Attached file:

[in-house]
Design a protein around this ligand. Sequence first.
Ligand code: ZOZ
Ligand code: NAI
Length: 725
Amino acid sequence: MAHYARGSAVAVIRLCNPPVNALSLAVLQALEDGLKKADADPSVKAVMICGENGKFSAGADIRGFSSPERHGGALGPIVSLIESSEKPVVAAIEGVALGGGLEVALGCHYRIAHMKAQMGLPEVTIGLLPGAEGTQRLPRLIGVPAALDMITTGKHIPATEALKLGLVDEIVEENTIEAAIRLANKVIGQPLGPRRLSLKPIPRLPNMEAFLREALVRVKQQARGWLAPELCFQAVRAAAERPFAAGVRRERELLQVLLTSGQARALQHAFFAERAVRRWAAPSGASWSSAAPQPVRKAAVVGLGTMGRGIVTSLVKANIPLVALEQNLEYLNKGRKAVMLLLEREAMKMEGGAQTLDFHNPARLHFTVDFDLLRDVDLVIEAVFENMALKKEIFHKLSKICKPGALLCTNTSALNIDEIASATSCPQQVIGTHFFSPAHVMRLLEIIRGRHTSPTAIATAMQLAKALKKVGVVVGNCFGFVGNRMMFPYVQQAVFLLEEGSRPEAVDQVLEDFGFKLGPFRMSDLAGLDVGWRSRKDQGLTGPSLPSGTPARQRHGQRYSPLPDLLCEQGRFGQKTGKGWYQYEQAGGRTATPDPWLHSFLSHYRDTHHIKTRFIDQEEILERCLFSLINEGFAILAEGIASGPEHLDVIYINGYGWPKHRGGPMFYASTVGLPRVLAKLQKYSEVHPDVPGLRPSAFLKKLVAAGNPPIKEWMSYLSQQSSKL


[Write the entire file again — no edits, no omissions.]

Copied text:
[in-house]
Design a protein around this ligand. Sequence first.
Ligand code: ZOZ
Ligand code: NAI
Length: 725
Amino acid sequence: MAHYARGSAVAVIRLCNPPVNALSLAVLQALEDGLKKADADPSVKAVMICGENGKFSAGADIRGFSSPERHGGALGPIVSLIESSEKPVVAAIEGVALGGGLEVALGCHYRIAHMKAQMGLPEVTIGLLPGAEGTQRLPRLIGVPAALDMITTGKHIPATEALKLGLVDEIVEENTIEAAIRLANKVIGQPLGPRRLSLKPIPRLPNMEAFLREALVRVKQQARGWLAPELCFQAVRAAAERPFAAGVRRERELLQVLLTSGQARALQHAFFAERAVRRWAAPSGASWSSAAPQPVRKAAVVGLGTMGRGIVTSLVKANIPLVALEQNLEYLNKGRKAVMLLLEREAMKMEGGAQTLDFHNPARLHFTVDFDLLRDVDLVIEAVFENMALKKEIFHKLSKICKPGALLCTNTSALNIDEIASATSCPQQVIGTHFFSPAHVMRLLEIIRGRHTSPTAIATAMQLAKALKKVGVVVGNCFGFVGNRMMFPYVQQAVFLLEEGSRPEAVDQVLEDFGFKLGPFRMSDLAGLDVGWRSRKDQGLTGPSLPSGTPARQRHGQRYSPLPDLLCEQGRFGQKTGKGWYQYEQAGGRTATPDPWLHSFLSHYRDTHHIKTRFIDQEEILERCLFSLINEGFAILAEGIASGPEHLDVIYINGYGWPKHRGGPMFYASTVGLPRVLAKLQKYSEVHPDVPGLRPSAFLKKLVAAGNPPIKEWMSYLSQQSSKL